Merry and bright? Holiday lights adding to light pollution problem

The best holiday lights are no holiday lights at all says a local dark-sky advocate.

Light pollution advocates say LED lights becoming a bigger issue

A dark-sky advocate in Edmonton says the best holiday lights are no holiday lights at all. (Christian Abraham/The Associated Press)

The best holiday lights are no holiday lights at all — according to a local dark-sky advocate.

"I'm definitely against all unnecessary lights," said Joan Marie Galat, author of the book Dark Matters: Nature's Reaction to Light Pollution. "Decorating with lights is bad for the environment, it's bad for wildlife and it's also bad for people."

Galat's book focuses on the effect light pollution has on animal life in and around large cities. The book is aimed at kids, but she says the overall issue of light pollution is something urban areas are struggling with.

The latest Statistic Canada numbers show 42 per cent of households in Alberta reported using LED holiday lights in 2015. That's up from 31 per cent in 2007.

A major international study published in the science journal Science Advances showed the planet's artificially-lit outdoor area grew by more than two per cent per year between 2012 and 2016.

A popular light pollution map also shows that in 2015, Alberta had some of the widest skyglow area in Canada. Skyglow refers to the brightness of the night sky from artificial sources. 

LED lights contributing to problem

Downtown Edmonton has seen an increase in urban light installations over the past few years, specifically LED lights on high-rise buildings and the High Level Bridge.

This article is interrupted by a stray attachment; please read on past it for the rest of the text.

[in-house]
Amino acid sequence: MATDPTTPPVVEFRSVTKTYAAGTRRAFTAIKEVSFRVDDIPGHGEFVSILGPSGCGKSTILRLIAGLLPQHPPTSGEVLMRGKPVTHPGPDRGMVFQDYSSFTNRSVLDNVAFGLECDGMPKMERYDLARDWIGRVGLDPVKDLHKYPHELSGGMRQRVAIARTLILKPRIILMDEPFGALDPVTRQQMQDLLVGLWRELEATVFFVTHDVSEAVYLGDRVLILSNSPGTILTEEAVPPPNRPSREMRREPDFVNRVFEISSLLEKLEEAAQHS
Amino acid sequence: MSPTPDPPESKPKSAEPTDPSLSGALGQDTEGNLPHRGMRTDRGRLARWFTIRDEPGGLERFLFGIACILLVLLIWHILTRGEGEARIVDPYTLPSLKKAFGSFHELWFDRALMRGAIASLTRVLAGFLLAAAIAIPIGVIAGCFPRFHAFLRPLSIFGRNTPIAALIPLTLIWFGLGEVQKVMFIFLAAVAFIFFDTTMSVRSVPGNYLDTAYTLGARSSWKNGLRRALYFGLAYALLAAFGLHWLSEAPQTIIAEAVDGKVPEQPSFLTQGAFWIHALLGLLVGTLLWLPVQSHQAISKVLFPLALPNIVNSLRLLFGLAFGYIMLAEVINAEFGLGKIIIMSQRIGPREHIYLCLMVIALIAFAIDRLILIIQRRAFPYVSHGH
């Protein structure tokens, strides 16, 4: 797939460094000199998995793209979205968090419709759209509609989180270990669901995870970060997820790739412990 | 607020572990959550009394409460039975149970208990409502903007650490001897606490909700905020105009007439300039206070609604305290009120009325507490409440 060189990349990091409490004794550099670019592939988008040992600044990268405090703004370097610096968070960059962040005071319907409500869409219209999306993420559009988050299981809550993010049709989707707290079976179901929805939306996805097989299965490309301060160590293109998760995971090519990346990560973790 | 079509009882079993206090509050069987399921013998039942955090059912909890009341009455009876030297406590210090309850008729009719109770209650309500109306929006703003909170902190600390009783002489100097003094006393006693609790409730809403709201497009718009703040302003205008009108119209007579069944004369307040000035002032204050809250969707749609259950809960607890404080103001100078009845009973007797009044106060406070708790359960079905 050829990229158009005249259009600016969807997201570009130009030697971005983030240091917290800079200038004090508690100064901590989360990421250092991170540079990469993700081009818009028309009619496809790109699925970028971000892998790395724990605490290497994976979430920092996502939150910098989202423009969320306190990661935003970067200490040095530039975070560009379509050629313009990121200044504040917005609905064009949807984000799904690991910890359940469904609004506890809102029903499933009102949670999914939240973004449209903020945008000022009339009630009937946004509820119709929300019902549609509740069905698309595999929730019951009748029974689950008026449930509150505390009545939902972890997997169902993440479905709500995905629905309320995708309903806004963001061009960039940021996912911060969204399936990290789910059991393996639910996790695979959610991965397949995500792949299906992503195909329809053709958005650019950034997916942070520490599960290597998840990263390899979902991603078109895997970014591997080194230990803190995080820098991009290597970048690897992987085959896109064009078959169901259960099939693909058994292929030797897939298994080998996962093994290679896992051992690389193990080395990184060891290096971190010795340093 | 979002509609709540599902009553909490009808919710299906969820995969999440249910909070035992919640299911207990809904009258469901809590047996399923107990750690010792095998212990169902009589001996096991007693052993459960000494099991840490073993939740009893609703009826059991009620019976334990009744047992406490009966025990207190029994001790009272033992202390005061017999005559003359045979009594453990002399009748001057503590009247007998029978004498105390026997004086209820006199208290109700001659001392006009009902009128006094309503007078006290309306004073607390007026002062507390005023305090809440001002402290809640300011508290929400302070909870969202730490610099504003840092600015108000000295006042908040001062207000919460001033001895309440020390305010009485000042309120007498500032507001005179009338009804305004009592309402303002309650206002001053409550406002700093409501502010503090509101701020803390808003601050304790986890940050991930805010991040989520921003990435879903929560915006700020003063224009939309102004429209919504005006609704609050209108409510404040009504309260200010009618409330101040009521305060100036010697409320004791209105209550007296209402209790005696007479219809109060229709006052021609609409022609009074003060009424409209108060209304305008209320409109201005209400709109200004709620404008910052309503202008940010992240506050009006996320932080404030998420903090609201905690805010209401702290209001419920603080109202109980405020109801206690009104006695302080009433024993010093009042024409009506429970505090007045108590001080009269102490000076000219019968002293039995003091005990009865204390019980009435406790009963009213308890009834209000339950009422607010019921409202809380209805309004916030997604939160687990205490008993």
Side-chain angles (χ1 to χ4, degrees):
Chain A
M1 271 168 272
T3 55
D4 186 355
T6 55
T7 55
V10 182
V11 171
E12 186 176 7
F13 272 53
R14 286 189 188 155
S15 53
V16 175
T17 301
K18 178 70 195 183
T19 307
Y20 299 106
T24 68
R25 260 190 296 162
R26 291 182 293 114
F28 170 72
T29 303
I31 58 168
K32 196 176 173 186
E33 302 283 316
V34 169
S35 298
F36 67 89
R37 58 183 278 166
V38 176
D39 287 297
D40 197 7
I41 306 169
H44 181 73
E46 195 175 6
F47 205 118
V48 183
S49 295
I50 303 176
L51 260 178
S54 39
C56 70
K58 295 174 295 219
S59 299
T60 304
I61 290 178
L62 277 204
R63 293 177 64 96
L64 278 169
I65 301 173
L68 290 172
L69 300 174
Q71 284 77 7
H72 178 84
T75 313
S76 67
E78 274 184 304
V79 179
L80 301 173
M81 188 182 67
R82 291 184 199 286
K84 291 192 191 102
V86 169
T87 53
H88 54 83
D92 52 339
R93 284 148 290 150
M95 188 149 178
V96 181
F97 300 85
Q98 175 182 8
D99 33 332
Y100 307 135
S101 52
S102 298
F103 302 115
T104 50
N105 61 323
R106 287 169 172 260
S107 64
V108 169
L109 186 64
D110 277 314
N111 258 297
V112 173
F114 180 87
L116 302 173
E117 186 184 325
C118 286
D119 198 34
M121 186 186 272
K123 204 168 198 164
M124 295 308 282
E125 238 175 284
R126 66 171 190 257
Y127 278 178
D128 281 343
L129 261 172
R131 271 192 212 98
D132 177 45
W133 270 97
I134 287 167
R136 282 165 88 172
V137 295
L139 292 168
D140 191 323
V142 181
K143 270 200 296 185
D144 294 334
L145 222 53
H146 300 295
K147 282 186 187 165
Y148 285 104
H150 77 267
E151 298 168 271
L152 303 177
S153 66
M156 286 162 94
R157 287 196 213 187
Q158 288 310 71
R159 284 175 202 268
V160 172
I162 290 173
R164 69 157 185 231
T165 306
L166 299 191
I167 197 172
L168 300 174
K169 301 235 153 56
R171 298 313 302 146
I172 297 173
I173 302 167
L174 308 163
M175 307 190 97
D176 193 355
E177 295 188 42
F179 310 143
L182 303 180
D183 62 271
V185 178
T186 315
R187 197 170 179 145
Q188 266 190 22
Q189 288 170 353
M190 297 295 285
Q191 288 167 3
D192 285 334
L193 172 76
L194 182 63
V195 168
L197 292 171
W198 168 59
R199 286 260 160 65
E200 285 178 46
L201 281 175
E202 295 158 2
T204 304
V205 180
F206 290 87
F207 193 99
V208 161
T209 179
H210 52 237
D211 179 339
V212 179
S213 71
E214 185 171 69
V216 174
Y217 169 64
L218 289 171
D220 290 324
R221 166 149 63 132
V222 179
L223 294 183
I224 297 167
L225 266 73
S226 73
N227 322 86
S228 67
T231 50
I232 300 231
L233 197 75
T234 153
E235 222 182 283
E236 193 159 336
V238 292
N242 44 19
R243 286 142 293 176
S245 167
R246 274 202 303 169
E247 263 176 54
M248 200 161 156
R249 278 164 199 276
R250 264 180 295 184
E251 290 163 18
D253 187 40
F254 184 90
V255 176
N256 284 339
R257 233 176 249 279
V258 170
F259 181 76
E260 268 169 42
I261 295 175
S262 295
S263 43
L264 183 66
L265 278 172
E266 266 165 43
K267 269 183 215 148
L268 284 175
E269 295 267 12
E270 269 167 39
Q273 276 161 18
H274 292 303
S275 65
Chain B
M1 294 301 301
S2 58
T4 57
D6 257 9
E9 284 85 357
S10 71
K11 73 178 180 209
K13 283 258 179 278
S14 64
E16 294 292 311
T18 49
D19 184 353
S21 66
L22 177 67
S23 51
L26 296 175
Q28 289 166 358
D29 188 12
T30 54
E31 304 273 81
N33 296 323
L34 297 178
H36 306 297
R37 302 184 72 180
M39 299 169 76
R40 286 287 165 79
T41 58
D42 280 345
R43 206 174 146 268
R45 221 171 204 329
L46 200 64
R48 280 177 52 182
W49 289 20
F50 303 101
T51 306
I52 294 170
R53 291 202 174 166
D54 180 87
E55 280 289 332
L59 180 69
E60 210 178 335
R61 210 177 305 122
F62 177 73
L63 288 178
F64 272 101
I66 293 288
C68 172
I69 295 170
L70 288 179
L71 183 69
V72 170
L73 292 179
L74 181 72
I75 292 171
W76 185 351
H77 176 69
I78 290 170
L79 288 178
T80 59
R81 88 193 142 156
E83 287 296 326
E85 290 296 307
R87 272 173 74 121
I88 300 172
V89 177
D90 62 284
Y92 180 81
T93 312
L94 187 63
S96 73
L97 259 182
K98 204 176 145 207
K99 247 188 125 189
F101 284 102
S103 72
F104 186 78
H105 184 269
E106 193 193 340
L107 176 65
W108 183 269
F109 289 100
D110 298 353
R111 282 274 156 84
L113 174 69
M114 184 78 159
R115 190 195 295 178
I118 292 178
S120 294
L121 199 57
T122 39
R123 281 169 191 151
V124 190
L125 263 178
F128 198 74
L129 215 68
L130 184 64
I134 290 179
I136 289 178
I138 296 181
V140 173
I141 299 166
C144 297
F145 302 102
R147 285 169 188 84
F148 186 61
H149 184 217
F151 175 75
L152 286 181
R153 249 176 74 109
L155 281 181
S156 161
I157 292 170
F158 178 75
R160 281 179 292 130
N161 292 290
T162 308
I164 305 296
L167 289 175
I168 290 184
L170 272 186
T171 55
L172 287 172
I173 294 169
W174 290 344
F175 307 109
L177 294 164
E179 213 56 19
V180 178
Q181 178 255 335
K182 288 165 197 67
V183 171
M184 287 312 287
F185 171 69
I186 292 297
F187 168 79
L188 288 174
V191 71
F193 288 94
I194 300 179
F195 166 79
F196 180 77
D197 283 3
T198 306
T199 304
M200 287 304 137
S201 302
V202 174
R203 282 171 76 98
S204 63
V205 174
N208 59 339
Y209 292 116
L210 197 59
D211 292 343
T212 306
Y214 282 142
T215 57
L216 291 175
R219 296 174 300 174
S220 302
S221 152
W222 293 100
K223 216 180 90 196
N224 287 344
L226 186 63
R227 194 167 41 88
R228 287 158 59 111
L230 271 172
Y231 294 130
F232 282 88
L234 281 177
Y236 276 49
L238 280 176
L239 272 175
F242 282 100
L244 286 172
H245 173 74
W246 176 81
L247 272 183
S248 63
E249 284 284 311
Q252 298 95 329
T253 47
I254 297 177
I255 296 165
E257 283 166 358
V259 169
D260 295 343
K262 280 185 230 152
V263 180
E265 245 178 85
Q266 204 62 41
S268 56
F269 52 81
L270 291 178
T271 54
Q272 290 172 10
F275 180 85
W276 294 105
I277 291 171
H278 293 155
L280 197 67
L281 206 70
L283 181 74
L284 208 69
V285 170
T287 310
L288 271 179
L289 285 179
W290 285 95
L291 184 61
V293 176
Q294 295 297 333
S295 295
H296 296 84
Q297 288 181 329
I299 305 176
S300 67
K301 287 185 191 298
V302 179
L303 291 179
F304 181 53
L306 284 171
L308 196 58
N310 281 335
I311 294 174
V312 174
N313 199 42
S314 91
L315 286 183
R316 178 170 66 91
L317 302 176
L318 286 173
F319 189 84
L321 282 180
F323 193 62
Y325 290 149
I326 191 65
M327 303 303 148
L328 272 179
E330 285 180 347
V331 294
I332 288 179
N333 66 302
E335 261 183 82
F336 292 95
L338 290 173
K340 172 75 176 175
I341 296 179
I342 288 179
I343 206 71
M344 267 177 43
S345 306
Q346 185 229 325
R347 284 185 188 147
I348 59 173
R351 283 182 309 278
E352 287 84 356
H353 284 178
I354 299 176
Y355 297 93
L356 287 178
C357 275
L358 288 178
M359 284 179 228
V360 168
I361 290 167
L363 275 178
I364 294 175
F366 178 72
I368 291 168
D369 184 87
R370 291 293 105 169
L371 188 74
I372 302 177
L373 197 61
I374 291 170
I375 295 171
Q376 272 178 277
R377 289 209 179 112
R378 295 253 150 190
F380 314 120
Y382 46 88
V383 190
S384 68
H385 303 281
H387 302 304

Rod McConnell, president of the Alberta Dark Sky Association, says LED lights have exchanged one kind of environmental problem for another.

"LED lights are brighter for the amount of power consumed," says McConnell. "People think 'OK we're using less power so we should put in more lights,' but this whole thing is a fallacy."

A world atlas light pollution map shows the artificial light brightness over parts of North America in 2015. (www.lightpollutionmap.info)

He explains that at the basic level, light waste is where the issue of light pollution originates.

"This is lighting that's not being used for a purpose necessarily, or if it is, it may not necessarily have an audience either," he said, using holiday lights during the wee hours of the morning as an example.

"There are lots of other types of lights that are on all night too that are not really doing anything."

McConnell says light waste creates light pollution, which he defines as light that intrudes into areas where it has no intended purpose.

Light curfew

McConnell also sits on a light efficient policy committee. He said the committee has been working with city administration to implement better solutions like new street lights that limit light spillage into yards and homes.

He said another solution would be a city curfew for decorative lighting, possibly between 10 p.m. and 6 a.m.

"It all comes back to light waste and if we can really get a handle on it then we will have a handle on the other things," he said.

Only use as much light as necessary.- Joan Marie Galat , author of Dark Matters

Galat said we can help animals that require darkness to feed, mate and sleep by being more discerning about where and how we use artificial light.

"Only use as much light as necessary for the job at hand and point lights downwards," she said. "Use curtains and timers … and avoid decorative lighting because it's really not good."

Dark-Sky Alberta

Despite urban skyglow contributing to light pollution, Alberta has the world's largest recognized dark sky preserve in Wood Buffalo, and Bon Accord became Canada's first dark sky community in 2016.

McConnell believes convincing the masses to forgo holiday lights won't fly, but conversations around light pollution need to happen more often.

"It's the other types of light pollution that are on all year that we're more concerned about," he said. " it's a problem with getting people educated."

About the Author

Tanara McLean is a producer and journalist at CBC Edmonton. She grew up in Red Deer and has spent her entire career in Alberta, working in print, radio and television.